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The Fall of King Louis 1789-1793


“Down with the King!” That cry was heard again and again on the night of August 9, 1792, as restless mobs gathered in the streets of Paris. They had only one purpose in mind and that was to make certain the king was toppled from his throne. The Assembly had been warned to dispose of the king before midnight and that deadline was only hours away. If the Assembly failed to act, the mobs would join forces, march on the royal Palace and seize the king themselves. As the midnight deadline approached, the frightened members of the Assembly were still in session. It was their duty to protect the king, yet, if they sent more troops to the palace, they could be held responsible for starting a civil war. The Tuileries, as the royal palace was called, was already well guarded by a Swiss guard of 900 troops, about the same number of police and 2,000 of the National Guard. The members of the Assembly were troubled by many questions, for France now had a constitution and the members were the elected representatives of the Legislative Assembly. The new government was less than a year old. Since the king served as the head of that government, what would happen to it if the king were dragged from his throne? On the other hand, could the new government survive under the leadership of a king who had lost the trust of the people? King Louis had done a number of things which had turned the people against him. It was his threat to use troops against the people that had brought about the fall of the Bastille three years earlier. Then, on the night of June 20, 1791, he and his family had made an unsuccessful attempt to escape from the …

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“The King to Paris!” 1789


In the towns and cities of the provinces, the news of the fall of the Bastille led to wild celebrations and a series of revolts against local governments. These governments had long been unpopular, since most of them were controlled by nobles and others who had bought their government positions from the king. The town people set up new governments, similar to the one in Paris and organized local units of the National Guard. The revolution spread to the countryside as well. There the peasant uprising had started even before the fall of the Bastille. The peasants made up at least 75 per cent of the population and they had been mistreated and abused by the nobles for many centuries. Due to their poor farming methods and the limited amount of land available to them, these farm people were barely able to support themselves, yet they had been burdened with the heaviest tax load in the country. They paid direct and indirect taxes to the king. They paid the church tax. They also paid various fees and rents to the nobles who owned the land. It was true that many peasants were landowners themselves, but even they had to pay fees to the nobles. Peasants had to serve in the army and they were required to furnish horses and wagons for the army whenever necessary. They were forced to work on public roads without pay. They were not allowed to hunt or gather wood in the forests. Only the nobles could hunt there — but the nobles could also hunt on lands rented or owned by the peasants. Cattle belonging to the peasants had to be kept at home, but cattle belonging to the nobles could wander about at will over the lands of the peasants, sometimes causing considerable damage. …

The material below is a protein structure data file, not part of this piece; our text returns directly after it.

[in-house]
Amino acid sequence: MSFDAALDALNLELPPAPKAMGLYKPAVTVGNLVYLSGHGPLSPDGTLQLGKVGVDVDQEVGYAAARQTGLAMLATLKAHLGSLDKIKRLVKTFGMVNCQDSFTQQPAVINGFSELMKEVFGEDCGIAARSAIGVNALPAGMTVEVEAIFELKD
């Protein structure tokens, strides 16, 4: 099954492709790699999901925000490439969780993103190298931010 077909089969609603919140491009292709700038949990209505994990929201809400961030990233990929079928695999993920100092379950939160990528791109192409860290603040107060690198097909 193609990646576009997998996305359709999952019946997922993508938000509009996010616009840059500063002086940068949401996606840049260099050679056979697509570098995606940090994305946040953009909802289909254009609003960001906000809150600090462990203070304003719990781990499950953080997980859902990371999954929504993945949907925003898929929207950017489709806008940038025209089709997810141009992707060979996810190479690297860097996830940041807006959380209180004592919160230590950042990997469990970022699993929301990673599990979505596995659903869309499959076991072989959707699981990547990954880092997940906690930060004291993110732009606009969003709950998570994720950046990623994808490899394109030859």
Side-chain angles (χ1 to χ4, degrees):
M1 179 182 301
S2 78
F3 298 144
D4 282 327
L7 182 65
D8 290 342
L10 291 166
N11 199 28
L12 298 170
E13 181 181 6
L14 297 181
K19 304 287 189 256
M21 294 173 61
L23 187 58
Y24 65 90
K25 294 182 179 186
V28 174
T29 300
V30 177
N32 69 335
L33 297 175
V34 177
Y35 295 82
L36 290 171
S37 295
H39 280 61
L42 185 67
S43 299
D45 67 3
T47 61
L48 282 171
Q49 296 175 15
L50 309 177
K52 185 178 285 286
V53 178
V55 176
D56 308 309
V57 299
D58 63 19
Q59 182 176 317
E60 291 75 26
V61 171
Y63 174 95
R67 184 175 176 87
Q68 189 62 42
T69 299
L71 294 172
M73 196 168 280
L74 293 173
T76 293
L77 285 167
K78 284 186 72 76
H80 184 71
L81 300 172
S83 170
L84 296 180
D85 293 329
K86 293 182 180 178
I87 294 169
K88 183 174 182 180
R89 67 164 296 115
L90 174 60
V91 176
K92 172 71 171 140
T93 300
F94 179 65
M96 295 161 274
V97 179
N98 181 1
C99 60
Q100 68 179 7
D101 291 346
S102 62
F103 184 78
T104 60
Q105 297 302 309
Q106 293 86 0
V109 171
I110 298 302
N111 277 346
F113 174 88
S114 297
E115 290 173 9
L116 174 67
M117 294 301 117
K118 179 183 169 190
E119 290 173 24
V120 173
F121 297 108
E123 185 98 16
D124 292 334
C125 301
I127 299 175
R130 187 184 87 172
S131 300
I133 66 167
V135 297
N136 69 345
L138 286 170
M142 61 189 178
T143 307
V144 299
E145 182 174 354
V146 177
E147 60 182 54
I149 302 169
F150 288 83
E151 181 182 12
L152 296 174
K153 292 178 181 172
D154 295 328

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The Fall of the Bastille 1789


On Sunday, July 12, 1789, the people of Paris learned that Necker, the popular minister, had suddenly been dismissed by the king. They could only guess at the king’s reasons for wanting Necker out of the way. It seemed clear enough that Necker’s dismissal had something to do with the recent arrival of Swiss and German troops in the Paris area. It was said that more troops were arriving every day. Why? People were almost afraid to guess at the answer. The news of Necker spread quickly and angry crowds gathered in the streets. A young man named Desmoulins leaped to the top of the table and warned the people to arm themselves. He probably repeated many of the ugly rumours then circulating in Paris. The king was bringing in troops to destroy the Assembly at Versailles. The king had entered into a plot with the nobles to smash the revolution, massacre the patriots in Paris and become once again the absolute ruler of France. Desmoulins drew a pistol and waved it above his head. “There is not a moment to lose,” he shouted. “We have only one course of action to rush to arms. . .” A growing crowd followed him through the streets. “Aux armes!” they cried. “To arms!” A regiment of the king’s German cavalry tried to scatter them and some of the people were slightly wounded. They screamed that they were being massacred and the crowd became a maddened mob. People armed themselves with sticks and pipes. They broke into the shops of gunsmiths to snatch up weapons. French soldiers left their barracks and joined them. The German cavalry, forced to retreat, hurriedly withdrew from the city. The police had also disappeared, leaving Paris in the hands of the rioters. Under more normal conditions, the armed …